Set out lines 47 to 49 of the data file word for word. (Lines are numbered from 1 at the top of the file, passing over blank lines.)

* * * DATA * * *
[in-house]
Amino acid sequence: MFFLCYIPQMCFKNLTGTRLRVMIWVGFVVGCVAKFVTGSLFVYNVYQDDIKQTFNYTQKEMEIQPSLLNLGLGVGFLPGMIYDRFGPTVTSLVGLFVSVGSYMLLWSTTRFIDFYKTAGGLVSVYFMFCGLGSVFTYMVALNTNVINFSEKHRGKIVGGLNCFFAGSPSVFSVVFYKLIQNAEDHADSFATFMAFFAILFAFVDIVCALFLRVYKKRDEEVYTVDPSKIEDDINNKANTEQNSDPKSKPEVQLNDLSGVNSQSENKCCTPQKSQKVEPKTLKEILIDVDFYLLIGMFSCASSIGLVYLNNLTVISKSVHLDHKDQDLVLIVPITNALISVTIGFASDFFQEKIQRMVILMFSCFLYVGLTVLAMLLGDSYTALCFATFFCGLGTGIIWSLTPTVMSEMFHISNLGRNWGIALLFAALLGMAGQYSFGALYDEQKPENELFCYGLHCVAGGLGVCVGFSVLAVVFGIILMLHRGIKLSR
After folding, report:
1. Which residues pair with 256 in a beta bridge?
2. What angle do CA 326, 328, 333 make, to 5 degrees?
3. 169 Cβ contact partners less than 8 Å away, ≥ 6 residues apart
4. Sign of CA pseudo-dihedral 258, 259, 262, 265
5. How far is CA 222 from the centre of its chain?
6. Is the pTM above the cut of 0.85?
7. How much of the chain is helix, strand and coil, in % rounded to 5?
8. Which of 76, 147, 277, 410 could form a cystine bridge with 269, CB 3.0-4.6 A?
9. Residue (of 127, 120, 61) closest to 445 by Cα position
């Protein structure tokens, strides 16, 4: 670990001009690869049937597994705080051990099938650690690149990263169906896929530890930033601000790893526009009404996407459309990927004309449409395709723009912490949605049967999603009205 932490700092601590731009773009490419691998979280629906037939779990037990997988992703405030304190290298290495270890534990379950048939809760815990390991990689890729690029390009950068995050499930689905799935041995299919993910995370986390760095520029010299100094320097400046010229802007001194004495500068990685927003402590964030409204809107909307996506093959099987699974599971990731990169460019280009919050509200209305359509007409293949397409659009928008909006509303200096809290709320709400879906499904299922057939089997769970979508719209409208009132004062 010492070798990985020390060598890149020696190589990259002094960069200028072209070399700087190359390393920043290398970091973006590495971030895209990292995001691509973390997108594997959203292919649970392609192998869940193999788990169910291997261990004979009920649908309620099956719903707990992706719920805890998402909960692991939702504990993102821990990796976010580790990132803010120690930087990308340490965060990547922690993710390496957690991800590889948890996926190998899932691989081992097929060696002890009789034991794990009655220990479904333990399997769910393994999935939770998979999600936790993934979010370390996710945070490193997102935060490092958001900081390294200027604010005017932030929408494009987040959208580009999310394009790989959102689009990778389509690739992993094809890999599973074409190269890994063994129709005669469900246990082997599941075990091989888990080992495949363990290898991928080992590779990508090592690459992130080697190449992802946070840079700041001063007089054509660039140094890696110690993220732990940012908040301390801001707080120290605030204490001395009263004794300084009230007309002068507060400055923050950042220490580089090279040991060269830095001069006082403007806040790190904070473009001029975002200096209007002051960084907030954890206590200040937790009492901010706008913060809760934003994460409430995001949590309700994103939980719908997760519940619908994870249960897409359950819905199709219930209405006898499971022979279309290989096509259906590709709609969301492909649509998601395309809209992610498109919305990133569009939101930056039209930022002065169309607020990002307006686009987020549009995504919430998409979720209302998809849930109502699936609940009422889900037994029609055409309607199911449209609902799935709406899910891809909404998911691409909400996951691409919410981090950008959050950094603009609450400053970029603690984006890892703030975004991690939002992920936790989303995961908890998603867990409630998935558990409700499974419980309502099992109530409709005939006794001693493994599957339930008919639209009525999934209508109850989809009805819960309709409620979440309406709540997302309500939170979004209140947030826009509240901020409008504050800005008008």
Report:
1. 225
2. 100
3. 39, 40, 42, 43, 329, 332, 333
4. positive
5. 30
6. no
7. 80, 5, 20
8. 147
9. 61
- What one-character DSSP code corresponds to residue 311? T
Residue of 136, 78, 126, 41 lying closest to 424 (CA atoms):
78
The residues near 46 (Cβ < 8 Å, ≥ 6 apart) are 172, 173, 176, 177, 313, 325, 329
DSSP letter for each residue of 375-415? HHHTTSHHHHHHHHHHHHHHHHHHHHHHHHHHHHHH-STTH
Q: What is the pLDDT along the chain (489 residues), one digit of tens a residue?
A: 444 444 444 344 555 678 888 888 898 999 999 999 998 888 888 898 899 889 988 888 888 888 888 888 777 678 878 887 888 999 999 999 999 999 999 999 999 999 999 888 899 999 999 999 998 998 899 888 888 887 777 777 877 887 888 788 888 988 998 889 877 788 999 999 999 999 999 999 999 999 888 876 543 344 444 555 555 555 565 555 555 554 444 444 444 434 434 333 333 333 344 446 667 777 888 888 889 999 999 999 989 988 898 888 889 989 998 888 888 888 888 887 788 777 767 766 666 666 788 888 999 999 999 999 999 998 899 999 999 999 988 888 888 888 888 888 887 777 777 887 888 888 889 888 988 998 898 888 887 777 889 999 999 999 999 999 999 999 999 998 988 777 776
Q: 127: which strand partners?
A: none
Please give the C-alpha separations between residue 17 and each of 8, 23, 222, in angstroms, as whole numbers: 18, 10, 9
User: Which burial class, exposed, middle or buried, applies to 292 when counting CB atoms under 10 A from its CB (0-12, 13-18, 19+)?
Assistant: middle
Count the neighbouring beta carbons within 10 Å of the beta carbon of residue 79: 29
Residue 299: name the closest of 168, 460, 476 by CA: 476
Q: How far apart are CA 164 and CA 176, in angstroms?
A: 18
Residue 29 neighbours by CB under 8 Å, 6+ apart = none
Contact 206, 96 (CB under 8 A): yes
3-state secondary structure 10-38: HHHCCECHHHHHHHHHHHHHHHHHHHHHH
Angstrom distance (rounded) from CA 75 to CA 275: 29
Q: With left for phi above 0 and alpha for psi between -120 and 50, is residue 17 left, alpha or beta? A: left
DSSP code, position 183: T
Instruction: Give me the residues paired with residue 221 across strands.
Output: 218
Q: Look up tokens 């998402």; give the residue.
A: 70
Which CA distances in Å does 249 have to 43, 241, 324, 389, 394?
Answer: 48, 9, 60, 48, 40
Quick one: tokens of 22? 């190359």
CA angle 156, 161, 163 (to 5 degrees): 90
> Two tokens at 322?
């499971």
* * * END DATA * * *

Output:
Output: 218
Q: Look up tokens 């998402």; give the residue.
A: 70